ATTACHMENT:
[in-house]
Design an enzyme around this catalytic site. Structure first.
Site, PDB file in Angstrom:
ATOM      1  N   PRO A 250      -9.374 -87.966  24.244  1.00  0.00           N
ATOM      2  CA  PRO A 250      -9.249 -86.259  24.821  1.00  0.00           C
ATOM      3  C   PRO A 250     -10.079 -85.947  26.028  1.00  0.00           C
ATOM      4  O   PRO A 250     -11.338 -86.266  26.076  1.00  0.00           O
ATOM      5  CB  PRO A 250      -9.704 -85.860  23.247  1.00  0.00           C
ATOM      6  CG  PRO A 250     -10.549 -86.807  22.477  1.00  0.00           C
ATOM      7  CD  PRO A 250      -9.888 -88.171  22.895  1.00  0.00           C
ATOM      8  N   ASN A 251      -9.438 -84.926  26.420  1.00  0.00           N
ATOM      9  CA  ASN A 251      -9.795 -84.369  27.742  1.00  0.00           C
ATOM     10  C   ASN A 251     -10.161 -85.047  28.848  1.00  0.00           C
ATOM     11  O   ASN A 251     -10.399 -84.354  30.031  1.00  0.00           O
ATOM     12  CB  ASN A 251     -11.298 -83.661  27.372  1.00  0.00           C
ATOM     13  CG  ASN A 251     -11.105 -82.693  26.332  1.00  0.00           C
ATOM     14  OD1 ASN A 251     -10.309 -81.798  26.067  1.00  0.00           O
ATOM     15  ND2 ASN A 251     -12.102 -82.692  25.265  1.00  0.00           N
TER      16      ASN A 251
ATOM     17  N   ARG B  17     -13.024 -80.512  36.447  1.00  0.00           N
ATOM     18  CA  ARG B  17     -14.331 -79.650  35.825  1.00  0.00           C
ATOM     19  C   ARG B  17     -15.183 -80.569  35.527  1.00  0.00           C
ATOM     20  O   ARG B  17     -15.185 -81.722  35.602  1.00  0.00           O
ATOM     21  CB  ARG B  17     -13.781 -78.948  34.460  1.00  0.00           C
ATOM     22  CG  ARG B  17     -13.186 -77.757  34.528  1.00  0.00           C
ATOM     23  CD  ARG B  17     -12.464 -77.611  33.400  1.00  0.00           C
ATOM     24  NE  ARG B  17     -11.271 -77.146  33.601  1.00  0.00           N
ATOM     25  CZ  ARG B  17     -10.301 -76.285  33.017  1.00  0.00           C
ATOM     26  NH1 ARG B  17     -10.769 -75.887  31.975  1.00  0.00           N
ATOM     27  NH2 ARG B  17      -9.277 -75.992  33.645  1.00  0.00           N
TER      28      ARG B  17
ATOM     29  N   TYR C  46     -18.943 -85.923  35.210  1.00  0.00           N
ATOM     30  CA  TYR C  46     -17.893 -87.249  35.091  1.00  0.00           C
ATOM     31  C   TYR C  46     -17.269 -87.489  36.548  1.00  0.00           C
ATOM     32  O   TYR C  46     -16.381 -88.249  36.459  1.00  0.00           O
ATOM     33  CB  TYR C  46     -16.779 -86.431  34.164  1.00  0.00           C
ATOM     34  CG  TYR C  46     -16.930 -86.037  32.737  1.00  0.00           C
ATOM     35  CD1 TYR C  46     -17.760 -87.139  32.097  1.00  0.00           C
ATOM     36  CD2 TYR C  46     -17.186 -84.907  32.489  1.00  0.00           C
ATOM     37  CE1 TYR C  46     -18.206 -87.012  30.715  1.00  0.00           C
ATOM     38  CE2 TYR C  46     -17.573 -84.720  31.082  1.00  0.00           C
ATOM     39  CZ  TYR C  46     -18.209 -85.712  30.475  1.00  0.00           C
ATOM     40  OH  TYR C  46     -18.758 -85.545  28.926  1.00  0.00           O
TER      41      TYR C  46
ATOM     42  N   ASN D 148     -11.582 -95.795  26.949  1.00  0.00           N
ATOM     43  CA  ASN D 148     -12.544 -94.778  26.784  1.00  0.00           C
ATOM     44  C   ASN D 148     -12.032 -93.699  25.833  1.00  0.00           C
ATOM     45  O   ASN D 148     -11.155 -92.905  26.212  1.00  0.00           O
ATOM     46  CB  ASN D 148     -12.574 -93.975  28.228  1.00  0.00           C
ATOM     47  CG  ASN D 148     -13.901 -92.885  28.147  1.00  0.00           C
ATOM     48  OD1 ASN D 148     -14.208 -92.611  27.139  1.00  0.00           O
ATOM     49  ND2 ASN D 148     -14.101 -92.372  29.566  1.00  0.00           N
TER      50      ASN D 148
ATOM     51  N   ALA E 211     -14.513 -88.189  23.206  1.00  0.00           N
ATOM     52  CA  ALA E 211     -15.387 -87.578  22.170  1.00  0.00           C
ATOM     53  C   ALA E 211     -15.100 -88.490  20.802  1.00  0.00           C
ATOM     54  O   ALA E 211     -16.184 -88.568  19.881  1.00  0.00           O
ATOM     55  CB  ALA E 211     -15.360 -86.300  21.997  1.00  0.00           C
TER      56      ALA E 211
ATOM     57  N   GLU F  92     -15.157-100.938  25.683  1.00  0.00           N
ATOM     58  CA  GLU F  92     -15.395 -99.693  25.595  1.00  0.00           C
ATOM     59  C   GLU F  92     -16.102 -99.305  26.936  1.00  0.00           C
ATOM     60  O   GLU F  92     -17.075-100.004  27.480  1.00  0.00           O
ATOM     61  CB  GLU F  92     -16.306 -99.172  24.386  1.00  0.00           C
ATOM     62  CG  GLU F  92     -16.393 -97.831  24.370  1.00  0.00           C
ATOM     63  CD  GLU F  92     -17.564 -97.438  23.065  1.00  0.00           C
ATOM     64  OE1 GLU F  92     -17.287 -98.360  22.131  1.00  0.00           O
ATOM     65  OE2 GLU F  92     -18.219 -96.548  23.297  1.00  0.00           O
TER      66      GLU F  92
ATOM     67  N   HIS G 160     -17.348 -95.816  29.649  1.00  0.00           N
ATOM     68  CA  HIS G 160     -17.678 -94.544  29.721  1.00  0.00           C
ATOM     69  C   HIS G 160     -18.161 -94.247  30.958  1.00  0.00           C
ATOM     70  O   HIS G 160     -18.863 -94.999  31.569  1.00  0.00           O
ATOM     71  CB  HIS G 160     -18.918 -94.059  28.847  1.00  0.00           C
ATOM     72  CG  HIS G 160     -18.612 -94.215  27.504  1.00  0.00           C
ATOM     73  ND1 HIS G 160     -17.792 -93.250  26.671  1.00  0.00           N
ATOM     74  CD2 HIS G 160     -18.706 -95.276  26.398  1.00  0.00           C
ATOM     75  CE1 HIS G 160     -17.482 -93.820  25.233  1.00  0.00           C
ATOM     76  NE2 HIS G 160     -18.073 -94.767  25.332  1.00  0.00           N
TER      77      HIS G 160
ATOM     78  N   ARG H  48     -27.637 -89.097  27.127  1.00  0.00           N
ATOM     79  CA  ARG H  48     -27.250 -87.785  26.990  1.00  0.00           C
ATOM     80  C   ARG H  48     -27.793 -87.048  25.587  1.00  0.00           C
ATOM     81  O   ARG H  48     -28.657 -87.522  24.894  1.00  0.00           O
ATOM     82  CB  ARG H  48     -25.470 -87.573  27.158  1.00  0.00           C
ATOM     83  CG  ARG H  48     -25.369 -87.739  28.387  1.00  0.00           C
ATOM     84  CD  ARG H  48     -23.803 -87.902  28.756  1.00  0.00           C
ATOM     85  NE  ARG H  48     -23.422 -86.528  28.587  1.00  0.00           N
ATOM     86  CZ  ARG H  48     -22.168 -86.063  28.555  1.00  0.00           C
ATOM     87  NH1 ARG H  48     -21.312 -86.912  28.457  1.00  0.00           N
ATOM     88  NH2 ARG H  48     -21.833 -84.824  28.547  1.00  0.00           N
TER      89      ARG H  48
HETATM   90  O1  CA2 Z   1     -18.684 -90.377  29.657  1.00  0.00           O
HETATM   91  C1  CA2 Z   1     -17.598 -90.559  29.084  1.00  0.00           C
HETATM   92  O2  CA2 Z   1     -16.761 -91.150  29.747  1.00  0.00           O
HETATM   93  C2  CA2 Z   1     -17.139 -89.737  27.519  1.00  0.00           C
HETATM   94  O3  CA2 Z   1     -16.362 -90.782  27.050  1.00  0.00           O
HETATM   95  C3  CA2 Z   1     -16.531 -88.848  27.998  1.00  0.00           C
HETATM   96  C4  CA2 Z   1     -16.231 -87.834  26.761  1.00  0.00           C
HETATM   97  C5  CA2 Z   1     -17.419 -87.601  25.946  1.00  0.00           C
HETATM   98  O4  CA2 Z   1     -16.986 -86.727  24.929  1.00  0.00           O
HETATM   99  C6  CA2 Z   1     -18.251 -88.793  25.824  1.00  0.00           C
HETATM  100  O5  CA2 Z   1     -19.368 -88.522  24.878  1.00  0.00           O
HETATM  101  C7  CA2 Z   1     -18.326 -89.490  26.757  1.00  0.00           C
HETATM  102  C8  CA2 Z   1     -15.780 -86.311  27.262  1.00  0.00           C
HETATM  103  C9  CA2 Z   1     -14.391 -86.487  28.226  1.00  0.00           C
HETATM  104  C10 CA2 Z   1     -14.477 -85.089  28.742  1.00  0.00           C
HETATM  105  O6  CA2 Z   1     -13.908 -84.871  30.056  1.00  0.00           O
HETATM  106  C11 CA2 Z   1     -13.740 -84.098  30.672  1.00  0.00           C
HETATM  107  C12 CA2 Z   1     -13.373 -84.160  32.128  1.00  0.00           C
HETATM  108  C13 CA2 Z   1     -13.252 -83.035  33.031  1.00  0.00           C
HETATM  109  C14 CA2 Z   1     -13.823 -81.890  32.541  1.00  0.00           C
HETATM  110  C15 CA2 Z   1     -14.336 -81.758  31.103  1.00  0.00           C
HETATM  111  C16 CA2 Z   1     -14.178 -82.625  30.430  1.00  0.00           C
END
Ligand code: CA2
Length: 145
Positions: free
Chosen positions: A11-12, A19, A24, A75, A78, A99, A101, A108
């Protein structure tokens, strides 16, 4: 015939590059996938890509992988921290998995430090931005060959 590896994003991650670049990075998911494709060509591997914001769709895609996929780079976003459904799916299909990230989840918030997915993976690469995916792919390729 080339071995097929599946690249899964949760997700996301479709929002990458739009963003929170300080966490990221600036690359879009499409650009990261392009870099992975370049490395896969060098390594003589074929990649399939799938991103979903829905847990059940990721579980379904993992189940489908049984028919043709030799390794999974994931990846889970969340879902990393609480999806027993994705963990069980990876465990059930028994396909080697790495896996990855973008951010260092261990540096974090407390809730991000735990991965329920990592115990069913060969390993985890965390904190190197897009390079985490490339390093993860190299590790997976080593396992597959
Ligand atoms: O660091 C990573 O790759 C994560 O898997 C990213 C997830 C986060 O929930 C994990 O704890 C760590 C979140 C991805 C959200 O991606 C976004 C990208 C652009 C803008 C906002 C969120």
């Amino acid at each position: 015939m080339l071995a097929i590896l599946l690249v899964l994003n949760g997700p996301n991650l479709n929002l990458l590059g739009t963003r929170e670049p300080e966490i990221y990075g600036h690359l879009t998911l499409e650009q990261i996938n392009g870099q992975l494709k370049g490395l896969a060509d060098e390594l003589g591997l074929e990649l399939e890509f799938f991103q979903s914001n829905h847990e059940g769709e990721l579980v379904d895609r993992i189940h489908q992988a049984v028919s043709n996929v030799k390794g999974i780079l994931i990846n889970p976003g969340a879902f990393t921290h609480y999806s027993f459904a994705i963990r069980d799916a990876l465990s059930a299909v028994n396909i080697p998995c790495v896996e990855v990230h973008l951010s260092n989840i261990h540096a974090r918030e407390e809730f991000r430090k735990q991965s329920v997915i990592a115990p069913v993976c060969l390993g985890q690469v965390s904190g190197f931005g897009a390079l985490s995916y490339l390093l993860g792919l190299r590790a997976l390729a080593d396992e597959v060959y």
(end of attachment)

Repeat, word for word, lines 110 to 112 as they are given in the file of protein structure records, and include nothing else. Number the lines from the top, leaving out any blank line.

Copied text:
HETATM  107  C12 CA2 Z   1     -13.373 -84.160  32.128  1.00  0.00           C
HETATM  108  C13 CA2 Z   1     -13.252 -83.035  33.031  1.00  0.00           C
HETATM  109  C14 CA2 Z   1     -13.823 -81.890  32.541  1.00  0.00           C